Greg Mortenson came to town yesterday. An honorary doctorate from 16 universities, twice nominated for the Nobel, I met this shy yet confident personality, who did not seem to be used to the bright light of fame. He spoke from the heart about the work he has been doing in Afghanistan.
I agree that our soldiers, who we honor today have succeeded in their limited mission and cannot also be responsible for the humanitarian work that must follow wars. Greg’s work is impressive in building schools from stones in Afghanistan starting in Korphe. He has won the hearts and trust of a people who are by nature suspicious of foreigners, the hard way.... school by school, rock by rock.
He started off with a video that showed us the bleak vista which he is helping to rebuild. Even as the camera pans the buildings in Kabul one gets the sense of unadorned simplicity. Here and there are some architectural pieces but they are bombed out of recognition. He talked of the little boy Gul who was so interested in the proposed school project but died by a land mine. Gul’s father’s face was a study in human resilience and suffering. Greg’s personal feelings towards the boy, and Haji Ali were stirring as he went through some of the details in “Three Cups of Tea” to drive home his conviction about the role of education and awareness in bringing lasting peace.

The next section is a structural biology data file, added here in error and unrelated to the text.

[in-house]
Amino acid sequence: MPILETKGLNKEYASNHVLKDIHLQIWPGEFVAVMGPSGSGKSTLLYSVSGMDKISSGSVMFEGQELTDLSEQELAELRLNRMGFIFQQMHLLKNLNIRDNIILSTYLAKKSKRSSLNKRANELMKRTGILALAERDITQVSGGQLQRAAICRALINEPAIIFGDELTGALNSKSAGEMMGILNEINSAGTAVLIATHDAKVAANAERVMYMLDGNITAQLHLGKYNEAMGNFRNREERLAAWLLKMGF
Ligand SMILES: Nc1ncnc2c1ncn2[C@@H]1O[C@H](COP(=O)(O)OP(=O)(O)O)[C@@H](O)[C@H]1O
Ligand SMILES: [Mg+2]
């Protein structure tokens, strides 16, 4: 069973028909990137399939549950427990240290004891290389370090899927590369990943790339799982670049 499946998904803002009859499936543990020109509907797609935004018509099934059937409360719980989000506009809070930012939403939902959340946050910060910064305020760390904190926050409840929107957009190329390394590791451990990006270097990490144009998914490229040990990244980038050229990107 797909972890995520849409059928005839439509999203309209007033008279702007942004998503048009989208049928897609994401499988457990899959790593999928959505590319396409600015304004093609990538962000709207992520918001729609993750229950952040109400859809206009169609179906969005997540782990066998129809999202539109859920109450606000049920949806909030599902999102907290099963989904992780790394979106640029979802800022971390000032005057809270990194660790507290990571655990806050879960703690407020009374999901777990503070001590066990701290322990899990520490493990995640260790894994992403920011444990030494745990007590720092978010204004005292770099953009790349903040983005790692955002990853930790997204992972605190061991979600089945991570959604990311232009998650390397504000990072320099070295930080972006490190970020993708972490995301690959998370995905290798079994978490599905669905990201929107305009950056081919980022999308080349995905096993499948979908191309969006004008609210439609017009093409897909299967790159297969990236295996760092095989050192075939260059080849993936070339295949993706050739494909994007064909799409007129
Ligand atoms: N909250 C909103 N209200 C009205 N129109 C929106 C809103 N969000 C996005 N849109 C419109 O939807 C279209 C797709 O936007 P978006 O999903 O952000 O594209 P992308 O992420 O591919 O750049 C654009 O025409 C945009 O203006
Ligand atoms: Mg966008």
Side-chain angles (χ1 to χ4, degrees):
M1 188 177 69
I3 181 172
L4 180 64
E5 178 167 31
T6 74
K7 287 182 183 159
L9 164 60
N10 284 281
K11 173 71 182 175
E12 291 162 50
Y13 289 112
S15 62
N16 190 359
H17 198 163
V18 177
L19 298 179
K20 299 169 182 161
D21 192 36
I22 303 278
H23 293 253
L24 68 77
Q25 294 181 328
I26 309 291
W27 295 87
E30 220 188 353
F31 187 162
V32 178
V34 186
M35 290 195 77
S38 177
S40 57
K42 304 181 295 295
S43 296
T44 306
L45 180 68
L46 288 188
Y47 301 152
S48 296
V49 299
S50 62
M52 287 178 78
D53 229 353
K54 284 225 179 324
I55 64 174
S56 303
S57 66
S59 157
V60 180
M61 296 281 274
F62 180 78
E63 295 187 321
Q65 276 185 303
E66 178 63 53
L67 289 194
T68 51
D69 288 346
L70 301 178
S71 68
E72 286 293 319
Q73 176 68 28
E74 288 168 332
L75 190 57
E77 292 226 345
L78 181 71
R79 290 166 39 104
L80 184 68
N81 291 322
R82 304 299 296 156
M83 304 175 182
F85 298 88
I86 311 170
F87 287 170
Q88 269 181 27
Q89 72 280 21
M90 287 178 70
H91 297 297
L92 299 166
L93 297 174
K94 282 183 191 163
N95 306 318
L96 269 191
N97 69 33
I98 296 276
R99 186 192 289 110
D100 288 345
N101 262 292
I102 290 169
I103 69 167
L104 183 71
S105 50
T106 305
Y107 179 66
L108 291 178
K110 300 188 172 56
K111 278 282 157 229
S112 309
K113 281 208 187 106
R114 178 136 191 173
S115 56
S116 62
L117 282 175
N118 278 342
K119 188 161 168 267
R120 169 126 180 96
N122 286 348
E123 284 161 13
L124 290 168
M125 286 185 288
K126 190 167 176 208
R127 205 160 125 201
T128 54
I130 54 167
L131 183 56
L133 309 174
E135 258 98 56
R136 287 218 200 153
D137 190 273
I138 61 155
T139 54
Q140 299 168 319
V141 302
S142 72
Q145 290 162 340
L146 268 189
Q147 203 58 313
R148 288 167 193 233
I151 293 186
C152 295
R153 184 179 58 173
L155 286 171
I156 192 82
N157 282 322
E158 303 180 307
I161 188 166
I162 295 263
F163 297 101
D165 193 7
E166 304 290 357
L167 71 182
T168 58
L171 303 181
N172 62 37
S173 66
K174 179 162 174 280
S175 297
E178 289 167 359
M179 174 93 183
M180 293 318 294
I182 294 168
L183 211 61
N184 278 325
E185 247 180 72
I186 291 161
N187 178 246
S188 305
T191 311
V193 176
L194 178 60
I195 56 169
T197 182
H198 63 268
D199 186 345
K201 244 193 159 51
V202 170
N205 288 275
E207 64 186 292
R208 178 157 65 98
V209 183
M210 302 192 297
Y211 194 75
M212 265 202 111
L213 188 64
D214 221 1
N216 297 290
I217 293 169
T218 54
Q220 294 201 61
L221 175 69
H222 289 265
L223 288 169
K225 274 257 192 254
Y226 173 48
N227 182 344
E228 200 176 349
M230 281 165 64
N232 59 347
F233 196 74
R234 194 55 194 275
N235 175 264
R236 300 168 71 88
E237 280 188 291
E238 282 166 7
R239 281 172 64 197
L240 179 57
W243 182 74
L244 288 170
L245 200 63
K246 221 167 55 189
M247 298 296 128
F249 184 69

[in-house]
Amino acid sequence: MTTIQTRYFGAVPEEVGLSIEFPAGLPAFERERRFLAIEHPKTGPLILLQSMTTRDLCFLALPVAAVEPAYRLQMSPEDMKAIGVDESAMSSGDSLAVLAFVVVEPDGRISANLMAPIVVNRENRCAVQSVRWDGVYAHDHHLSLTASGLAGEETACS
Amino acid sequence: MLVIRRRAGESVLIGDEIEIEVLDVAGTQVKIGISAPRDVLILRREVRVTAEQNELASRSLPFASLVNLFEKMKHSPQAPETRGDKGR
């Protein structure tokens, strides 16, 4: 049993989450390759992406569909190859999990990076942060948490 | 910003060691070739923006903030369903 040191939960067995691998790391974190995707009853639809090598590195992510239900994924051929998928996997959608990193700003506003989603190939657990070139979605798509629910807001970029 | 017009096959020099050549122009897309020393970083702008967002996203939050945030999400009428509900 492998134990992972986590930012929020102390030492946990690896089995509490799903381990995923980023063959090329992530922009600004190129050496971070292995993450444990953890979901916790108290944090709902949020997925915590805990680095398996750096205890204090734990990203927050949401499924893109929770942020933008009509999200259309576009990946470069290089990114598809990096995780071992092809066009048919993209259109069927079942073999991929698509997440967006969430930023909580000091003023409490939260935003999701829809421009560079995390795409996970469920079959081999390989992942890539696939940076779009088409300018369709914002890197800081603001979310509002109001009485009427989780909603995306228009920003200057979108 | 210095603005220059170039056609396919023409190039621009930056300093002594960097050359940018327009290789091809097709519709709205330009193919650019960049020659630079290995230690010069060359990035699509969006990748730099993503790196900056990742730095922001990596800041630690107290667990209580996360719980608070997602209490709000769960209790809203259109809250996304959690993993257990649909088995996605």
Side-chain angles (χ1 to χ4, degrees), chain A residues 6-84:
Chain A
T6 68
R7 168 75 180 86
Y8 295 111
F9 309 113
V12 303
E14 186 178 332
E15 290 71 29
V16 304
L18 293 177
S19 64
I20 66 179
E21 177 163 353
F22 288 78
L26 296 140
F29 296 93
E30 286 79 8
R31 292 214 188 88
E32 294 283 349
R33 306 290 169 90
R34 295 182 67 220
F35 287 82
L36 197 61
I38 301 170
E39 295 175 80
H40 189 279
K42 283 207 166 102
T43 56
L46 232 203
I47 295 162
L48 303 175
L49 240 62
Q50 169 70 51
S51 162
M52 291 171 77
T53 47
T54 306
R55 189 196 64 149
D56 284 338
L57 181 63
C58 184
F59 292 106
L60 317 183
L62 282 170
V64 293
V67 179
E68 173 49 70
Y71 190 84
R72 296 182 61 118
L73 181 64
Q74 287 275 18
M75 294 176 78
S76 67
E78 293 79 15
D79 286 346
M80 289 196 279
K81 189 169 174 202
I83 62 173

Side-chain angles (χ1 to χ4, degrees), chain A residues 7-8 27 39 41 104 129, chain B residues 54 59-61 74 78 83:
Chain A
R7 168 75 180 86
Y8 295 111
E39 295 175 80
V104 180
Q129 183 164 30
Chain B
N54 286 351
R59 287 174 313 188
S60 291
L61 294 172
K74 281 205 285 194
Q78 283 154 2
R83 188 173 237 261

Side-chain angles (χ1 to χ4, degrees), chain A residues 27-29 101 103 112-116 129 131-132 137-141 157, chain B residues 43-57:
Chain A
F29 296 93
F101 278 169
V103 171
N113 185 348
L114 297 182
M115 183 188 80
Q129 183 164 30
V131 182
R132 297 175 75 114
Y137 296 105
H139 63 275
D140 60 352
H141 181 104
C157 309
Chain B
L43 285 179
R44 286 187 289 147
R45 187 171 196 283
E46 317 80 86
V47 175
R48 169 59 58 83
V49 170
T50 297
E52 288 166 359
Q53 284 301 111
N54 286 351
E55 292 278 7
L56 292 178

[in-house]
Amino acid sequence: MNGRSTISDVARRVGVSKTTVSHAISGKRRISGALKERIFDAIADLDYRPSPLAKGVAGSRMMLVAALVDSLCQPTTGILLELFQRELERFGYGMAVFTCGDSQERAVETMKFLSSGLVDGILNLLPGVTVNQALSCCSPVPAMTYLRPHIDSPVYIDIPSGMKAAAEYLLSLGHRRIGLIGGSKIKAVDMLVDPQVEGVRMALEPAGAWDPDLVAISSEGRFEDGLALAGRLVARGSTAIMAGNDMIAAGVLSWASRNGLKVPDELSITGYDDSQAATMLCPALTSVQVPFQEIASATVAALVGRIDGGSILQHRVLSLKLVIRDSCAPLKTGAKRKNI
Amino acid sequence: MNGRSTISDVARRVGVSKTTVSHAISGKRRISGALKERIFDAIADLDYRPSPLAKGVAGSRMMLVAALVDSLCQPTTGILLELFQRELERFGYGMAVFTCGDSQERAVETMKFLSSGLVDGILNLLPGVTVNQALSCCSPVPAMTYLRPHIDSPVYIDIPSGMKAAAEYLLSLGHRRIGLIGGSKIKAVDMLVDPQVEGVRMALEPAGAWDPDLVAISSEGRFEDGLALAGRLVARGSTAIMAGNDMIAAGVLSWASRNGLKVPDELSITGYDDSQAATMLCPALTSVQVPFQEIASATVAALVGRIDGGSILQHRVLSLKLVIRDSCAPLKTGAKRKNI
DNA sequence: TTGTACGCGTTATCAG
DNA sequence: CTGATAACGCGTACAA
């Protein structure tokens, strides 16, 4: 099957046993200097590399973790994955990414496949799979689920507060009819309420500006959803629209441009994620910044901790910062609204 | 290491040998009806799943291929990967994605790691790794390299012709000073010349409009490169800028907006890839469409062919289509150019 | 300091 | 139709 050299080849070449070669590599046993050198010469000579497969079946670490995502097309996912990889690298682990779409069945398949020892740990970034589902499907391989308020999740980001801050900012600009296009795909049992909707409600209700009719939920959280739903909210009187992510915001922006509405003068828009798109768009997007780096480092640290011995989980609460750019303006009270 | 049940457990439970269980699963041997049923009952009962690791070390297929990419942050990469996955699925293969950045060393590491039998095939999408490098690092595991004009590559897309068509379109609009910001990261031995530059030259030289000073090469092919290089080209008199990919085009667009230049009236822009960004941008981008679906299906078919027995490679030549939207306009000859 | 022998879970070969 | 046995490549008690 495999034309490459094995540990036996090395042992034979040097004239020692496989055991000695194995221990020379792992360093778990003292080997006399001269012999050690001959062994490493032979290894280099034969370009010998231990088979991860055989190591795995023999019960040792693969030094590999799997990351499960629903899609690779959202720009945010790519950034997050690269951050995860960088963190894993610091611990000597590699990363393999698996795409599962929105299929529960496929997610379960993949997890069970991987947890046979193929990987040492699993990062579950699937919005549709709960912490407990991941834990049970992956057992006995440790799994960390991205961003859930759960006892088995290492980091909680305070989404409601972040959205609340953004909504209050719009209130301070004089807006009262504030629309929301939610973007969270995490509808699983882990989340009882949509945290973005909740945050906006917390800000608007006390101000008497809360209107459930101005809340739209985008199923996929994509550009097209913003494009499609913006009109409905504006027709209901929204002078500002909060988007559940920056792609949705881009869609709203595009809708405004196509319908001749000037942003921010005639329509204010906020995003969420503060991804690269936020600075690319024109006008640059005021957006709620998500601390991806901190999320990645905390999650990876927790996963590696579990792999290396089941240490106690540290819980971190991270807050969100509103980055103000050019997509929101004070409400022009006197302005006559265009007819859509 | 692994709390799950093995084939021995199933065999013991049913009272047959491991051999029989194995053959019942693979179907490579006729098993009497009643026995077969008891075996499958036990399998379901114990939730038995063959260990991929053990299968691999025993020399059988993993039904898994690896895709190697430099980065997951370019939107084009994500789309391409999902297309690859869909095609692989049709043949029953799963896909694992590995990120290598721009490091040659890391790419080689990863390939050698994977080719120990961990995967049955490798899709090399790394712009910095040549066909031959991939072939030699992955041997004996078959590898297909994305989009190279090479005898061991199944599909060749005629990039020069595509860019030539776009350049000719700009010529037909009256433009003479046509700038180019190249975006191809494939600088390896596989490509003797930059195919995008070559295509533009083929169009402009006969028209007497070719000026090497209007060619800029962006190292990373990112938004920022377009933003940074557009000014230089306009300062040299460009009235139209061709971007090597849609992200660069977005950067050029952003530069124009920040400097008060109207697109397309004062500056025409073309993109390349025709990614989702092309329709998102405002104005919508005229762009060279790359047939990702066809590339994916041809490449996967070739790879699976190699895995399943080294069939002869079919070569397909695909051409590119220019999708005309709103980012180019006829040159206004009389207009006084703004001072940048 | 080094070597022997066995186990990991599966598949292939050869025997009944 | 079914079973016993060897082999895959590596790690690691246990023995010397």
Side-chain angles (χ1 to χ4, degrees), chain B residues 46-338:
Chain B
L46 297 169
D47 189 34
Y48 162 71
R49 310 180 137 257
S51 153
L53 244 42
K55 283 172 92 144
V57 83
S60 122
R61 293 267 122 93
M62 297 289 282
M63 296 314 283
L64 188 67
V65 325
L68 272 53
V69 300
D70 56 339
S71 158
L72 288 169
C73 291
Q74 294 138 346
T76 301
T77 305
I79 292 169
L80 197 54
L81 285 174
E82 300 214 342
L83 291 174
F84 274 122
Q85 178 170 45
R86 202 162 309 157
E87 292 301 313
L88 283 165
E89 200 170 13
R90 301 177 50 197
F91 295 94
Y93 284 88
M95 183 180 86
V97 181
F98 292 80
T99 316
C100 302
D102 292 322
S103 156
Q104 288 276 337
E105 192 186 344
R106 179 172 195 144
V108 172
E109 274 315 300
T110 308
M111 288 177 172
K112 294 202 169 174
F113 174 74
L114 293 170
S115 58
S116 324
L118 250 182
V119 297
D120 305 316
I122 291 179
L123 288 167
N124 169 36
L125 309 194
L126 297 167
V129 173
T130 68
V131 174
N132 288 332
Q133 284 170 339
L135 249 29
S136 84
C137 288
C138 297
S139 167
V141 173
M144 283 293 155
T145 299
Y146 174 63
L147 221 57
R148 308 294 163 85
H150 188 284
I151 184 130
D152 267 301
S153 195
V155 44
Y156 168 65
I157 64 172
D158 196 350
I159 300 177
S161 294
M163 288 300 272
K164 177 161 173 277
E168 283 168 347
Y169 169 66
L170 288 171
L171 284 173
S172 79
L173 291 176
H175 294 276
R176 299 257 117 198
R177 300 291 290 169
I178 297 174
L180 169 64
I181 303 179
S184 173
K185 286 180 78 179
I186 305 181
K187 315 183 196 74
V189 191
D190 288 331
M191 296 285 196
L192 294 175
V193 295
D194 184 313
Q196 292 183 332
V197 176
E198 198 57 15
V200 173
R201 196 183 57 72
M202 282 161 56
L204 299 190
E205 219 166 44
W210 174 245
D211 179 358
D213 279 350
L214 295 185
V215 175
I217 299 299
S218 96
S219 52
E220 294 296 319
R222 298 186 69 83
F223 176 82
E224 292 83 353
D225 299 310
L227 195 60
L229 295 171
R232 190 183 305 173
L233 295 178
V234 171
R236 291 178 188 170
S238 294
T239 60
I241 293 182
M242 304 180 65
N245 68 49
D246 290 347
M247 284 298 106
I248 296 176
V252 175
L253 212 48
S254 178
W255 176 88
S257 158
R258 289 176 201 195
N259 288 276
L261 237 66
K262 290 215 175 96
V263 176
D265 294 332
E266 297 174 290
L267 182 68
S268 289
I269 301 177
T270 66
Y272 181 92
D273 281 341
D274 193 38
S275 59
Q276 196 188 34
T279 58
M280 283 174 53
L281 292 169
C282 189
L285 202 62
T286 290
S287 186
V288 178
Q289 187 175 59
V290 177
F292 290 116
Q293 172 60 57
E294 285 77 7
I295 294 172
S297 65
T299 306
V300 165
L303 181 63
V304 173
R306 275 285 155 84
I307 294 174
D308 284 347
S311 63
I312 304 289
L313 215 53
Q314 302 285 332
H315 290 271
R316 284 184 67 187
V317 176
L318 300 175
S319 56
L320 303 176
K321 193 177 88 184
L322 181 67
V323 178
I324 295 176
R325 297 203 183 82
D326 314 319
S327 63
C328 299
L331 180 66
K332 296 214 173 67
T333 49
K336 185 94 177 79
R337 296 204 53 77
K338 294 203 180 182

Listening to him talk I could not help having a few questions which went unasked. Would Mr. Mortenson have got as much attention, if instead of Afghanistan he had built these schools in Myanmar, Tibet, Nepal, any of the other depressed Eastern Himalayan sector, or even Kashmir? Another author in the past UB reader’s list was Khaled Hosseini who with his thousand splendid suns illuminated the kite runners from Afghanistan.
Afghanistan is then the focus I must deduce. Don’t get me wrong, I think the job is splendid, but why is it that such work is so much more glorified that the quiet teacher in a rural town in the US or anywhere else, who do their job the best they can? Why is it that in ethereal circles of well settled professionals, they commiserate about the sibling teacher sister with hushed voices? Why is it that a child who aspires to be a teacher is met with “Why not a doctor?” It must be more the scope of the project at hand rather than teaching itself. Greg’s scope is admirably huge.
He threw up some slides with known wisdom about education. I could not but think about the one which says “If you educate a boy you educate an individual; if you educate a girl you educate a community” an African proverb. I would take extreme objection to it if I was a male teacher, a responsible father or citizen of the world. This is not to put down the basic principle that yes all girls should be educated and that all children have the basic human right to knowledge. But to separate out females from males by proverbs, which are more socially relevant rather than universal, is surely unnecessary in the US. What about the simple logic that both sexes need to be educated for a healthy society to flourish.